We got to Borrego Springs around noon and decided to head to Carmelita's for lunch.  Nope.  Every other person in San Diego county was waiting there, so we decided to go see the sights and return in a few hours.  Steve spotted this church nearby, so we went to have a look.  The Fuji did a great job of rendering a bright blue sky.

Looking to the WNW from the church we could see the mountains above Palm Canyon in the distance.

The flowers were in bloom almost everywhere.  Note the black specks in the petals: these are dust flecks.

The blooms looked great in the bright sun.  The pollen has spilled onto the petals of the flower.

The pod on the left has not yet opened.

The blooms attract the insects as the flowers are dependent on the insects as their primary pollination vehicle.

The internal structure of the flowers in quite complex with each flower species having a different finely developed approach to procreation.  Note the pollen on the petals.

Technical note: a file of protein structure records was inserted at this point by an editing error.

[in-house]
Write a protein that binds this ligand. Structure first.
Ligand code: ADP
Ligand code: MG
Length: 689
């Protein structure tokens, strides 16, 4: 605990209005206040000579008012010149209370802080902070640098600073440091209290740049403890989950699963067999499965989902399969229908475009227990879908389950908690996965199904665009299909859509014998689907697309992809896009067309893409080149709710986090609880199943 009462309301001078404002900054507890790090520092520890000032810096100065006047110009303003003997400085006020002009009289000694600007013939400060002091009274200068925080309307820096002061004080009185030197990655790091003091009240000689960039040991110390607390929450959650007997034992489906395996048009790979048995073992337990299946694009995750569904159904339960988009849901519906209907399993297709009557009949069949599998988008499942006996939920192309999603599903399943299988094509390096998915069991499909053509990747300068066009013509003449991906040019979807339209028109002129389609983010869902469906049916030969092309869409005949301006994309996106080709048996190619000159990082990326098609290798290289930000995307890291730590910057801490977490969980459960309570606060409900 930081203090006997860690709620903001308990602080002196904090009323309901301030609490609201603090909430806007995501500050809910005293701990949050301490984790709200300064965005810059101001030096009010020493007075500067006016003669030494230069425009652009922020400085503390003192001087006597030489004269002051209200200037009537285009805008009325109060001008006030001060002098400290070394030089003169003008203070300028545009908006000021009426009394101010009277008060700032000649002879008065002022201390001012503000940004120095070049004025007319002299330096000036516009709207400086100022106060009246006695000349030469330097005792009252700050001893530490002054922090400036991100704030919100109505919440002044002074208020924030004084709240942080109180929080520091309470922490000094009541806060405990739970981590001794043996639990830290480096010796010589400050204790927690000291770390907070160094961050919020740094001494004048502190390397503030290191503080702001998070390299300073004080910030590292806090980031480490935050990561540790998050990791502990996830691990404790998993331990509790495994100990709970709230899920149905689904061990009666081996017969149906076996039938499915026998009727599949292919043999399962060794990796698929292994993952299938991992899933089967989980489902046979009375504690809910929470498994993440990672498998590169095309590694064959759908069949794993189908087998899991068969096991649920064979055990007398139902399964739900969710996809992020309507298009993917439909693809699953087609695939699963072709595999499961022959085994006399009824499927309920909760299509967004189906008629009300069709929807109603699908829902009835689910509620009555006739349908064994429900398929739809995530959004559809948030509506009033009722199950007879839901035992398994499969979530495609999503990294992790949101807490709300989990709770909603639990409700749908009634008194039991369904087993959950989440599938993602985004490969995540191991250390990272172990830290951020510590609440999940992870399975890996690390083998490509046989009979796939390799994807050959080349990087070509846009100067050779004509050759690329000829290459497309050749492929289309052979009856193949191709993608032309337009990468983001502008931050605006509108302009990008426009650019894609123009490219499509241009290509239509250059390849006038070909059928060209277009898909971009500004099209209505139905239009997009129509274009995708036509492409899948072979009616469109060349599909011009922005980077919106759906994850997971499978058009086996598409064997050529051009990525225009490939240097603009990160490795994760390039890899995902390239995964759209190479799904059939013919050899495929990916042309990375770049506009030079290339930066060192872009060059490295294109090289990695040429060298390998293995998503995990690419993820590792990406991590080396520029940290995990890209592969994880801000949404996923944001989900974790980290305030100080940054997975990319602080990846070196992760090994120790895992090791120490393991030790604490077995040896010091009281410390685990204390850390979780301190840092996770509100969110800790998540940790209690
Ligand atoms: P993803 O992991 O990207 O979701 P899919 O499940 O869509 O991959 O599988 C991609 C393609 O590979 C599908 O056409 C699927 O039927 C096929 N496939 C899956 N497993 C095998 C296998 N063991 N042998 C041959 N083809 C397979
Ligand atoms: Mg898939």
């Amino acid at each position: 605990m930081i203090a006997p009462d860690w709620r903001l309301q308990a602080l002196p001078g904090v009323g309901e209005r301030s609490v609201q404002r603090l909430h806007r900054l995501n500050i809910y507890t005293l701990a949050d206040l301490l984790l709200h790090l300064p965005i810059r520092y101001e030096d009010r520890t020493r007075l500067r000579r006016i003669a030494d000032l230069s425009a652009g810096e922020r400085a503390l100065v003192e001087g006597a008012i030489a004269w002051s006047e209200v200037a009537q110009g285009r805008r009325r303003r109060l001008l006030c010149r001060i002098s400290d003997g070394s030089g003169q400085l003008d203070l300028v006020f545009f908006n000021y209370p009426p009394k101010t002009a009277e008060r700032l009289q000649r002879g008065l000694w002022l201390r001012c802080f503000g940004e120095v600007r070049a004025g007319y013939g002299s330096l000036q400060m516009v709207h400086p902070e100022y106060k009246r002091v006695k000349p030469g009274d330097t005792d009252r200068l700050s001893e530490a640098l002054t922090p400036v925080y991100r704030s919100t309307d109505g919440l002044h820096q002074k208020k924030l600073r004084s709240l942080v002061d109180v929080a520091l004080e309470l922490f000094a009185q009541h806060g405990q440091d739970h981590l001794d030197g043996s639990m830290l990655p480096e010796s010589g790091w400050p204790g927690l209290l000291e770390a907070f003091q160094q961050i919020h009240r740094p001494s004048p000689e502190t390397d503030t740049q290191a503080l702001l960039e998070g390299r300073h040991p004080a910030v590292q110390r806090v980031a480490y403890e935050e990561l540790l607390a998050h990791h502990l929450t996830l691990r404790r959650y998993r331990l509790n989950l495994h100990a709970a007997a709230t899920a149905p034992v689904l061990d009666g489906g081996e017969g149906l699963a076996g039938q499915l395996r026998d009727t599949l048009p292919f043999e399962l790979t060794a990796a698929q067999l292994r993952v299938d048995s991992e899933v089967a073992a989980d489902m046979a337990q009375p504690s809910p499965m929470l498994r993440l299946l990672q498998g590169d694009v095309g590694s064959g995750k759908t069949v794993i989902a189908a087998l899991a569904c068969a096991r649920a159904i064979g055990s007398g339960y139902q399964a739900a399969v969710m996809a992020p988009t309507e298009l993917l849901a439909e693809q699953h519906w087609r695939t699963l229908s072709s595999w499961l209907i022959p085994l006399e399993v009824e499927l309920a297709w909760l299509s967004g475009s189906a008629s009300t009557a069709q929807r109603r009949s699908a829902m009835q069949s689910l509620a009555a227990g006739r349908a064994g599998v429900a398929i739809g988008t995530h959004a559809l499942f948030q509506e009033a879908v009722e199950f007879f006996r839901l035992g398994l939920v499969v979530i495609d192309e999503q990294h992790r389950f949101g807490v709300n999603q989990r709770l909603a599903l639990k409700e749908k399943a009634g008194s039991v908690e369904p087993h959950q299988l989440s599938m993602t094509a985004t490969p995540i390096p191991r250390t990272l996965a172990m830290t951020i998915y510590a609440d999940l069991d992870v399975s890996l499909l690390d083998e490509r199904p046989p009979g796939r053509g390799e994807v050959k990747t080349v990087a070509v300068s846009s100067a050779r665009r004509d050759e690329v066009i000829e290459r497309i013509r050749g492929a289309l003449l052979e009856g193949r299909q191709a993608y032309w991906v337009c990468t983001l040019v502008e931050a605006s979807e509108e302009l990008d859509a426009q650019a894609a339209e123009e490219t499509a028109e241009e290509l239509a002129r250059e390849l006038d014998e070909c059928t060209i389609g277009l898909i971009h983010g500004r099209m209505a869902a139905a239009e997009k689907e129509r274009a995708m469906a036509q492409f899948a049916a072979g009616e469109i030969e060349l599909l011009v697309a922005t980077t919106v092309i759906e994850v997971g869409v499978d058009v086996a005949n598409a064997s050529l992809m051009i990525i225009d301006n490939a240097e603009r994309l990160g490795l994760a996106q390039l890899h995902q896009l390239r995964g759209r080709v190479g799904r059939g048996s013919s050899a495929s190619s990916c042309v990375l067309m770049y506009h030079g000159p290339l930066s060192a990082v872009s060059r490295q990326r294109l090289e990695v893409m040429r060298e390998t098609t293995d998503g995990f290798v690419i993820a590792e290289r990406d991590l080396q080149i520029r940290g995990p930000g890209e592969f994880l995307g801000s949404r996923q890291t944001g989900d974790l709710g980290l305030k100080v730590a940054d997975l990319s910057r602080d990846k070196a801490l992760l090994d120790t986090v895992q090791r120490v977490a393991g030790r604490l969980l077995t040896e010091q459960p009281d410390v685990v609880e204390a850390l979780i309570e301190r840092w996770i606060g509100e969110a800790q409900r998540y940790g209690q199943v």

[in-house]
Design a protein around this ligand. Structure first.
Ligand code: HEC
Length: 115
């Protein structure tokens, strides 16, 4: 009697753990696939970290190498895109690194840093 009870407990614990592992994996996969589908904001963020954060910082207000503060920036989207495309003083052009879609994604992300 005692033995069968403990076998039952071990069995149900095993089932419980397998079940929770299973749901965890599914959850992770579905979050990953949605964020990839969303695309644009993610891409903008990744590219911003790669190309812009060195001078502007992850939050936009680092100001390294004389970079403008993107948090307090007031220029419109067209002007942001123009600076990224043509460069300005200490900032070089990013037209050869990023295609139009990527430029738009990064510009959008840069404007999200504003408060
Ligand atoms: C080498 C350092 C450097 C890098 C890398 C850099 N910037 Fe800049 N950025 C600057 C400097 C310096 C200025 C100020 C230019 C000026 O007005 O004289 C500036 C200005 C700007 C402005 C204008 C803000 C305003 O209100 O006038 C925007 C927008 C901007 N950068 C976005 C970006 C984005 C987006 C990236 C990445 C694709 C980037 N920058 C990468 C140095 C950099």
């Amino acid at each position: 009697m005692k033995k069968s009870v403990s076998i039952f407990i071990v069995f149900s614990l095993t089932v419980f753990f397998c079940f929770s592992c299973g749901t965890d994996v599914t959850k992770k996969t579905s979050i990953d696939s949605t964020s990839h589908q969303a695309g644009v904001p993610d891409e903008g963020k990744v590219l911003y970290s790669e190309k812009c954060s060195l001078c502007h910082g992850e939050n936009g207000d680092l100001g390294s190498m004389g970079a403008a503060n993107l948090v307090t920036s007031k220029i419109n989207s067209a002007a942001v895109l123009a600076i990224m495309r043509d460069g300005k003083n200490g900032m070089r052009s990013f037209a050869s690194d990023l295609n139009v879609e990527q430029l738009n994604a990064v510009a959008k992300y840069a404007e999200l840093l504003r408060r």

These blooms are on the creosote bush; the blooms are very small.

Nature seems to have all the blooming species on the same clock to leverage the insects.  Three species are blooming in the photo above.

This bloom was tiny, but has its own individual flower structure.

The structure of this large white flower looks like arms of an octopus.

There were plenty of the white blooms, some in dense patches of flowers.

Yet another unique center structure.

The dark specks are road dust.  There plenty of folks driving and walking stirring up clouds of dust.

The center structure looks like a tomato on a stick.

Tiny blooms with intricate structure.

The previous photo is one of the blooms on this bush.

The small hairs were not easily visible to my eye but are clearly visible in the high-resolution photos.

The northern ridge of the Santa Rosa Mountains is visible in the distance.  In some areas the flowers formed a dense mat of colors.

The sand verbena is a small plant with a small flower.

Up close, the verbena has a pleasing, but simple structure.

I found the pale purple color to be more interesting than the intense yellow of some of the blooms.

This flower also got the dust treatment.  This whole flower is about the size of a dime.

DOF is alway an issue when shooting up close, but the narrow band of the bloom that is in "critical focus" reveals the fine details of the complex structure of the flower.